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City MP slams Government over ‘blatant’ plans to stop poorer people voting

Portsmouth South MP Stephen Morgan has accused the government of planning a “clearly discriminatory” and “blatant” attempt to effectively take the vote away from poorer people and many young and elderly voters, using proposals to demand official photo ID at the ballot box before voting.

During the Queen’s Speech, the Tories announced they would introduce a series of measures to secure electoral integrity, including requiring voters to show an approved form of photographic ID in order to vote.

Since 2010, there has been just one allegation of polling station fraud in Portsmouth, back in 2015.

Across the UK, out of more than 44 million votes cast in 2017, there was only one conviction resulting from 28 allegations of polling station voter fraud. The number of allegations fell to just 8 in 2018, again with just one resulting in a conviction.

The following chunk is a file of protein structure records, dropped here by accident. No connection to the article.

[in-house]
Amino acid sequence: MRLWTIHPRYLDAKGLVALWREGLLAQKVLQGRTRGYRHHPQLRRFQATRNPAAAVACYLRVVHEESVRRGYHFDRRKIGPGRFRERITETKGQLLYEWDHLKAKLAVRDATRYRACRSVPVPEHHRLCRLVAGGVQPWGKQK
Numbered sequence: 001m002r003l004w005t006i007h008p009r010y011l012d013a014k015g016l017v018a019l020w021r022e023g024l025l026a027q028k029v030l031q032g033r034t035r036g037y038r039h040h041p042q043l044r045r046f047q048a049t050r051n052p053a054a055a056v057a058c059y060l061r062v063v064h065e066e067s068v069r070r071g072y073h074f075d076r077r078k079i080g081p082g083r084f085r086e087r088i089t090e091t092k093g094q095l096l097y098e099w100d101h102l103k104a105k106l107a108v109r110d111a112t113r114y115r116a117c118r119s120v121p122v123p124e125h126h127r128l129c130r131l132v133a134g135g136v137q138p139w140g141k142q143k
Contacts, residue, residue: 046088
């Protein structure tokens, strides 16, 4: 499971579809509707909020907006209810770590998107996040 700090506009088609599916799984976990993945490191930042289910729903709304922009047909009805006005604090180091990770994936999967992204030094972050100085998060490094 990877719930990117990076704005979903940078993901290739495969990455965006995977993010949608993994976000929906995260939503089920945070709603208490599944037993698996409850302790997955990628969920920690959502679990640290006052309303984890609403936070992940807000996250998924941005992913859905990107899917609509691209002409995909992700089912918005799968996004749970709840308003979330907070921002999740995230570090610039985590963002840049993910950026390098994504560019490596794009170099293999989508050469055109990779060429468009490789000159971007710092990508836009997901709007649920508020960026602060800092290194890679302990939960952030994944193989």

3.5 million citizens do not have access to any photo ID, with 11 million citizens lacking a passport or driving license.

Stephen Morgan MP said:

“This is a clear attempt by the government to stop the poor, the young and the elderly from voting, denying people their democratic rights and rigging the result of the next General Election.

It is a disgraceful attack on the civil liberties of those the Conservative Party deems unlikely to support them at the ballot box.

I simply will not allow a situation where the Tories can ride rough-shod over my constituents’ basic rights like this.

The people of Portsmouth deserve better. We’ve got to stop this plan – and that means stopping the Conservatives.”